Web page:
Pawel_Althamer | Michael_Asher | Nairy_Baghramian | Guy_Ben-Ner | Guillaume_Bijl | Martin_Boyce | Jeremy Deller | Michael_Elmgreen und Ingar_Dragset | Hans-Peter_Feldmann | Dora_Garcia |
Isa_Genzken | Dominique_Gonzalez-Foerster | Tue_Greenfort | David_Hammons | Valérie_Jouve | Mike_Kelley | Suchan Kinoshita | Marko_Lehanka | Gustav_Metzger | Eva_Meyer und Eran_Schaerf | Deimantas_Narkevicius | Bruce_Nauman | Maria_Pask |
Manfred_Pernice | Susan_Philipsz | Martha_Rosler | Thomas_Schütte | Andreas_Siekmann | Rosemarie_Trockel | Silke_Wagner | Mark_Wallinger | Clemens von Wedemeyer | Annette_Wehrmann | Pae_White
The old Metropolis Cinema on Berliner Platz at the main train station is nothing more than a façade. It has been standing empty for years – the seats have been sold, the screen has yellowed. The exception – a cinema not showing any films – has become the rule, creating a kind of in-between space that Clemens von Wedemeyer knows how to exploit, reflecting the conditions of the cinema, the perspectives that have long-since been internalized. Inside, in the dark auditorium, von Wedemeyer’s film has been running as an infinite loop, showing the outside, the area around the train station, the immediate surroundings of the cinema. The artist combines documentary footage, shot with a hidden camera, with staged material. Actors play passers-by, and passers-by thus become actors. A film without a plot, it is a silent observer.
The station is like the cinema that offers lonely people the chance to feel they belong. “This is where people congregate who don’t otherwise know where they belong or who haven’t yet found their place in this city.” Clemens von Wedemeyer lets these people on the margins of society express themselves, silently. The Metropolis Cinema has also been an information point for skulptur projekte münster 07 and a venue for numerous events from the supporting program.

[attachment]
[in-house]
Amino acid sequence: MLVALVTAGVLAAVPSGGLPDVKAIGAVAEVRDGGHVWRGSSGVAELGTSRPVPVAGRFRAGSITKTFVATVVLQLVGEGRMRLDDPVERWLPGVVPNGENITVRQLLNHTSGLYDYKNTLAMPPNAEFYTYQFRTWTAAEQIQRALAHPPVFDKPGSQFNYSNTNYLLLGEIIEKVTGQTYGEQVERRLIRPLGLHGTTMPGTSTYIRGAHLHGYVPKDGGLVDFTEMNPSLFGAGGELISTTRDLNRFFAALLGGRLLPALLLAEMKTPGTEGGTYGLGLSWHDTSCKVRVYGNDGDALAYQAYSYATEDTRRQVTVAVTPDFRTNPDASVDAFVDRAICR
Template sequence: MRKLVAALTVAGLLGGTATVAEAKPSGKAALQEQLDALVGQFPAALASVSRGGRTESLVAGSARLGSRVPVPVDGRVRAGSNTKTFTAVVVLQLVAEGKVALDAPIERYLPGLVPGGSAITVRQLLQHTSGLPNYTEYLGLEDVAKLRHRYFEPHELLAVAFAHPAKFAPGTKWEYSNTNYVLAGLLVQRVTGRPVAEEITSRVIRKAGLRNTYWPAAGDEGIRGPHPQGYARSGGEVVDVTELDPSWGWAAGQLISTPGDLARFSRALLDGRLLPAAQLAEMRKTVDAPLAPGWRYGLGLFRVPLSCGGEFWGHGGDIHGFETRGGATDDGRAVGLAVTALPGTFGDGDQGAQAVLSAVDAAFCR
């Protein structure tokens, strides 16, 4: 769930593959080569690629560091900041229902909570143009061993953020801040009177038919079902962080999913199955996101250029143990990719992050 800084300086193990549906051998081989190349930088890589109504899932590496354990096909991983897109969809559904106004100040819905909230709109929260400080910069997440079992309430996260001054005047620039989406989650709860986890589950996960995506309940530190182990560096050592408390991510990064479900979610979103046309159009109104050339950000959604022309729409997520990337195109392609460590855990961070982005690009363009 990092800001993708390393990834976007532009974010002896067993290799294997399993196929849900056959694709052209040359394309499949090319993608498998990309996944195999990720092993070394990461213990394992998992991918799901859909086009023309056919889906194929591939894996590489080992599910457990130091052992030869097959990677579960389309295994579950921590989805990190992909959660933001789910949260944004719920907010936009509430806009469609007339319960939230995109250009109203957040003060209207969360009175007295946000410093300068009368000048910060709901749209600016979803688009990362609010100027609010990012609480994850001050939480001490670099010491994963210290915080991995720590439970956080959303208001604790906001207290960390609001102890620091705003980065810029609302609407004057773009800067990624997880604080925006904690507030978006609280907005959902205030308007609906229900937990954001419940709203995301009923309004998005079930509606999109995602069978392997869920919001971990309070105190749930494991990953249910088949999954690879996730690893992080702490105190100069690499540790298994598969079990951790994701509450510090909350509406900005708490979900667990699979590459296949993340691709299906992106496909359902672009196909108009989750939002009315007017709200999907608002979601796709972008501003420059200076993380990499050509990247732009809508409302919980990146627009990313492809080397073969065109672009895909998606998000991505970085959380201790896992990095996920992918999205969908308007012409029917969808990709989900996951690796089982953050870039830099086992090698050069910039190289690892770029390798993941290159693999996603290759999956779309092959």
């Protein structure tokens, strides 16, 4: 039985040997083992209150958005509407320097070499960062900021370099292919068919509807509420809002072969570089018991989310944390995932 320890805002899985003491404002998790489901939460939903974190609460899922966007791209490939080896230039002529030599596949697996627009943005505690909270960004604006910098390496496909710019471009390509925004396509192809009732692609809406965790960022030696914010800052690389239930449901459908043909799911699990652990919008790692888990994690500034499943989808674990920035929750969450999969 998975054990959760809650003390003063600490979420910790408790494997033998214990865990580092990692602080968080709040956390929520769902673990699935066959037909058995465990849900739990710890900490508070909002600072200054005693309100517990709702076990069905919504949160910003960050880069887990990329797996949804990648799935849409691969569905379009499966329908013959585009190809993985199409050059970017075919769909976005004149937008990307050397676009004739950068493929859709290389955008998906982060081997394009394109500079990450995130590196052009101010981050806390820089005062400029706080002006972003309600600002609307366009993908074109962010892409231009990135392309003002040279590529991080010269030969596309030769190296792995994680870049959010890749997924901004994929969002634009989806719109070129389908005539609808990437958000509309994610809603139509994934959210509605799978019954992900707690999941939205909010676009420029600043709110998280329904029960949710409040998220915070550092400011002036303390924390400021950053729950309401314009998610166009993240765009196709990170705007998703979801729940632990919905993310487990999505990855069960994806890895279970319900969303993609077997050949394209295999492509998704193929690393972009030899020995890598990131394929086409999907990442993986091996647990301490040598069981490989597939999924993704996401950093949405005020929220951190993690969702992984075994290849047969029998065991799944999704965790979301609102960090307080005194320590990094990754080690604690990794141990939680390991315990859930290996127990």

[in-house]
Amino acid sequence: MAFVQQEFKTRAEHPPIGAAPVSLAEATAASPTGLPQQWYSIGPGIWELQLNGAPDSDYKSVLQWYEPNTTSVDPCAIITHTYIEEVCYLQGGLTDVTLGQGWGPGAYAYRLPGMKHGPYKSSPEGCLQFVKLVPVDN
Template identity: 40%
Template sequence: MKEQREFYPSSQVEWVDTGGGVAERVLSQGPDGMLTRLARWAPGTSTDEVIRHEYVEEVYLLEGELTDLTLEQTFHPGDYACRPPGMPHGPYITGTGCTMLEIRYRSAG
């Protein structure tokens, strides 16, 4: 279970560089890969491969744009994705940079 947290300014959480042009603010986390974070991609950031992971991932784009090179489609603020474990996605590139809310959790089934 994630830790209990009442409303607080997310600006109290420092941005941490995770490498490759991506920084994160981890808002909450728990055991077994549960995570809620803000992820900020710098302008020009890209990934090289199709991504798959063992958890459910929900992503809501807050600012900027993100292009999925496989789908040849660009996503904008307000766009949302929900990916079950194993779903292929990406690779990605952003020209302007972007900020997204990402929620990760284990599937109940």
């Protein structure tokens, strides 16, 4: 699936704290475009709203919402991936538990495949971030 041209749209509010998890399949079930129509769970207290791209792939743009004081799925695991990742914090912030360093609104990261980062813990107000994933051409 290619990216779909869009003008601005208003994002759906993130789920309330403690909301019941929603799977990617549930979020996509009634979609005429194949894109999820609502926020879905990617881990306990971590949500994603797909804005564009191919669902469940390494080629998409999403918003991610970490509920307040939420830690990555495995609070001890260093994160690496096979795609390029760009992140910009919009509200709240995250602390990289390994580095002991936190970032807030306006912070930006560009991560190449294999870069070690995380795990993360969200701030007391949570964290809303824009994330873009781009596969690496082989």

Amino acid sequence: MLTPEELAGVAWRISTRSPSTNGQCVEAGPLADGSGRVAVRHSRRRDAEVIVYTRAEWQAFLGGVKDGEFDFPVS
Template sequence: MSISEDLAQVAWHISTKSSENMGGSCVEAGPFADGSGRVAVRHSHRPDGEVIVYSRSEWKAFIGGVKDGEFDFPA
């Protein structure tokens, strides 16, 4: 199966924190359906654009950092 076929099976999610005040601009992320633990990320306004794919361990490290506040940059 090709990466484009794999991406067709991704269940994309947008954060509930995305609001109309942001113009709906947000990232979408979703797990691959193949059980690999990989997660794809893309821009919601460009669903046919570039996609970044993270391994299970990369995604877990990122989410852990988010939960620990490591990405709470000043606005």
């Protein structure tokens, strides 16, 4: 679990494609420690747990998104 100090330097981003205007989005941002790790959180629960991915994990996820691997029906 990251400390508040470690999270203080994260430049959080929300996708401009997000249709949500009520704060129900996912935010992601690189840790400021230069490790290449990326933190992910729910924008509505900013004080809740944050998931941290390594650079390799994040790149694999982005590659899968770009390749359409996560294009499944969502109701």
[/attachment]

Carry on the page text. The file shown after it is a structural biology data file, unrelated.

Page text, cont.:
Clemens von Wedemeyer, whose works have recently been displayed, in an individual exhibition, at the Kölnischer Kunstverein, presents condensed images, rather than linear plots in his films. He produces documentary essays with characters, which are systematically broken, by occasionally, blurred pictures and sounds, film quotations, dramatic lighting effects, and the impossibility of identifying space and time, which produces the effect of density in sober – factual sequences, which, in turn, become metaphoric images, outside time and space. Action is often isolated, placed in an alien context, making everyday scenes appear absurd. The documentary character of the film evaporates, especially, since the film's concepts are loops and fragments. But Wedemeyer's works are not attempting to avoid reality. They are, rather, an approach at doing justice to its complexity. Many films are accompanied by a corresponding "making of", explaining the conditions and the background of the production. "Making of" provides information, that influences how we decode the film and, in many cases, reinforces the absurd and metaphorical aspects. Wedemeyer's works deal with the following themes: social/societal development and power structures, and the relationship to architecture, space, and the city. ‚Silver Heights' and ‚The Settlement’ show the architecture of two, prefabricated, concrete slab housing settlements, as an expression of political change and failed utopias in urban planning.